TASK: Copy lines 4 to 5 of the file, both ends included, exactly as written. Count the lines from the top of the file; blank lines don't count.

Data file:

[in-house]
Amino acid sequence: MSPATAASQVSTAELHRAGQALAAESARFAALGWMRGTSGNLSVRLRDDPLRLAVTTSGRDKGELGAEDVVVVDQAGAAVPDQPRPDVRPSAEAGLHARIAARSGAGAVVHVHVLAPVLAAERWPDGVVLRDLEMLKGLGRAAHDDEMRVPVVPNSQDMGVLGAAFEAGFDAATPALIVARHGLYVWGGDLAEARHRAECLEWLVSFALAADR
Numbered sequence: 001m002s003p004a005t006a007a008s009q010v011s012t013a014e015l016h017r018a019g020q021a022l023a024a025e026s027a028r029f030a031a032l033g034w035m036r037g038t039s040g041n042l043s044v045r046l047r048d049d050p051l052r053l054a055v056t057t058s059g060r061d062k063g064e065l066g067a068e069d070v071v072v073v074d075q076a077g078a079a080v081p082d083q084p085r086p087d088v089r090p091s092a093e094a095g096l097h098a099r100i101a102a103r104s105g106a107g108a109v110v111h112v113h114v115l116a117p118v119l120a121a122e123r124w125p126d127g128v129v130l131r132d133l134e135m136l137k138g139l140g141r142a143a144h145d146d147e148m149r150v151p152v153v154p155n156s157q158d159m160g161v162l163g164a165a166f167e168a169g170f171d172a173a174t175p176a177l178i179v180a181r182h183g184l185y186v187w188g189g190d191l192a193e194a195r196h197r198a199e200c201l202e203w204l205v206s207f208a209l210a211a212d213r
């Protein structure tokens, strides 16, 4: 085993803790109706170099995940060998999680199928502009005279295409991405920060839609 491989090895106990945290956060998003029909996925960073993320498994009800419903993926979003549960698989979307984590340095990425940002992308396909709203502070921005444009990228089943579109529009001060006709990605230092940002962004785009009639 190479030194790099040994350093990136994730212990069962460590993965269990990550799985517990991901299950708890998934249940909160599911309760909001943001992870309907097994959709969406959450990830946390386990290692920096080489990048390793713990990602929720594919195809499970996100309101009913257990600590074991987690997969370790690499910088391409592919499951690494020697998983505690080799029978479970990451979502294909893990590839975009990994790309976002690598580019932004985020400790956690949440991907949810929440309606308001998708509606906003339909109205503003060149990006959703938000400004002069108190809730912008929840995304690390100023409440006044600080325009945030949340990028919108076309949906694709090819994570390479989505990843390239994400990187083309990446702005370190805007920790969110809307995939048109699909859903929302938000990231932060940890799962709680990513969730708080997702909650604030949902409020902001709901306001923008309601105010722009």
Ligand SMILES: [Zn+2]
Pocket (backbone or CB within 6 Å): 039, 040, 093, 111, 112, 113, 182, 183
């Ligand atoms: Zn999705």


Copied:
């Protein structure tokens, strides 16, 4: 085993803790109706170099995940060998999680199928502009005279295409991405920060839609 491989090895106990945290956060998003029909996925960073993320498994009800419903993926979003549960698989979307984590340095990425940002992308396909709203502070921005444009990228089943579109529009001060006709990605230092940002962004785009009639 190479030194790099040994350093990136994730212990069962460590993965269990990550799985517990991901299950708890998934249940909160599911309760909001943001992870309907097994959709969406959450990830946390386990290692920096080489990048390793713990990602929720594919195809499970996100309101009913257990600590074991987690997969370790690499910088391409592919499951690494020697998983505690080799029978479970990451979502294909893990590839975009990994790309976002690598580019932004985020400790956690949440991907949810929440309606308001998708509606906003339909109205503003060149990006959703938000400004002069108190809730912008929840995304690390100023409440006044600080325009945030949340990028919108076309949906694709090819994570390479989505990843390239994400990187083309990446702005370190805007920790969110809307995939048109699909859903929302938000990231932060940890799962709680990513969730708080997702909650604030949902409020902001709901306001923008309601105010722009």
Ligand SMILES: [Zn+2]